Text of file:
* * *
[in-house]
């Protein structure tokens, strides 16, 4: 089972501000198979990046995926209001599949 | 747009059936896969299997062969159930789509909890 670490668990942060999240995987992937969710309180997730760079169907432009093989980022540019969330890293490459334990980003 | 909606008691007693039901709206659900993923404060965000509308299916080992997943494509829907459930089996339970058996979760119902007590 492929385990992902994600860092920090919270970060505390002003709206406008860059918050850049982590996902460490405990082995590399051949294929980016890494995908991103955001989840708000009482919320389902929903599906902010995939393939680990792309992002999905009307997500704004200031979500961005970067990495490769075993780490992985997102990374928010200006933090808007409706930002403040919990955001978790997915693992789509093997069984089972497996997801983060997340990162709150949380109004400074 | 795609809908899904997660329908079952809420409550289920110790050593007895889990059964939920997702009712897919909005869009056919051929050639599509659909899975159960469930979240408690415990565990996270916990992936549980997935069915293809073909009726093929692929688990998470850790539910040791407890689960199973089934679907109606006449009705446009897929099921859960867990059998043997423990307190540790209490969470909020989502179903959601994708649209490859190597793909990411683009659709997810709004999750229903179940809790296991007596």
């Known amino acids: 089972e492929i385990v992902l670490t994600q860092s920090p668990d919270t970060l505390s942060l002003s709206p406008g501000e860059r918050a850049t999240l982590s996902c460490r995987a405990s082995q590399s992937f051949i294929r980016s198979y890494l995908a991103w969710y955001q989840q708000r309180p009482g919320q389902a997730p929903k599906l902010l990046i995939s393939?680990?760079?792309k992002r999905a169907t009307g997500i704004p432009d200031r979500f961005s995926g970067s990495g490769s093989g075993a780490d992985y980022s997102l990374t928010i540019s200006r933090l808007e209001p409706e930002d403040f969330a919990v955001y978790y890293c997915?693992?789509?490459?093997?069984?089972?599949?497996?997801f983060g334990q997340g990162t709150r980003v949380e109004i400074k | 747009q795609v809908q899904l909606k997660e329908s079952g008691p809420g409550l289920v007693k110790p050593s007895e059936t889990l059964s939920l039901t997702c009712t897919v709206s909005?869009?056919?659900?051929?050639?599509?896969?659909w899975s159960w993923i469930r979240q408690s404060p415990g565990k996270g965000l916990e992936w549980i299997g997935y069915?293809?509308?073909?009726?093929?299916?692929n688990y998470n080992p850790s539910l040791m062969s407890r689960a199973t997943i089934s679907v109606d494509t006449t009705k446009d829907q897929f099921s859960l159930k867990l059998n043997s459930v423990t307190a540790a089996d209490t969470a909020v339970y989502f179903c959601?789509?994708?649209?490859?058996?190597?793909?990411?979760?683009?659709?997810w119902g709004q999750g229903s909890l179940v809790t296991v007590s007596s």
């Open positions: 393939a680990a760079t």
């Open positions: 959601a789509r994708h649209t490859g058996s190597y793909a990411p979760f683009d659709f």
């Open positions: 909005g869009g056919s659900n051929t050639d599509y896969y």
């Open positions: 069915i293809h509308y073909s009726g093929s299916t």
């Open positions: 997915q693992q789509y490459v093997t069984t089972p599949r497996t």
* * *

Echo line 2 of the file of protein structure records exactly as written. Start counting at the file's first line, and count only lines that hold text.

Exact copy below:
């Protein structure tokens, strides 16, 4: 089972501000198979990046995926209001599949 | 747009059936896969299997062969159930789509909890 670490668990942060999240995987992937969710309180997730760079169907432009093989980022540019969330890293490459334990980003 | 909606008691007693039901709206659900993923404060965000509308299916080992997943494509829907459930089996339970058996979760119902007590 492929385990992902994600860092920090919270970060505390002003709206406008860059918050850049982590996902460490405990082995590399051949294929980016890494995908991103955001989840708000009482919320389902929903599906902010995939393939680990792309992002999905009307997500704004200031979500961005970067990495490769075993780490992985997102990374928010200006933090808007409706930002403040919990955001978790997915693992789509093997069984089972497996997801983060997340990162709150949380109004400074 | 795609809908899904997660329908079952809420409550289920110790050593007895889990059964939920997702009712897919909005869009056919051929050639599509659909899975159960469930979240408690415990565990996270916990992936549980997935069915293809073909009726093929692929688990998470850790539910040791407890689960199973089934679907109606006449009705446009897929099921859960867990059998043997423990307190540790209490969470909020989502179903959601994708649209490859190597793909990411683009659709997810709004999750229903179940809790296991007596």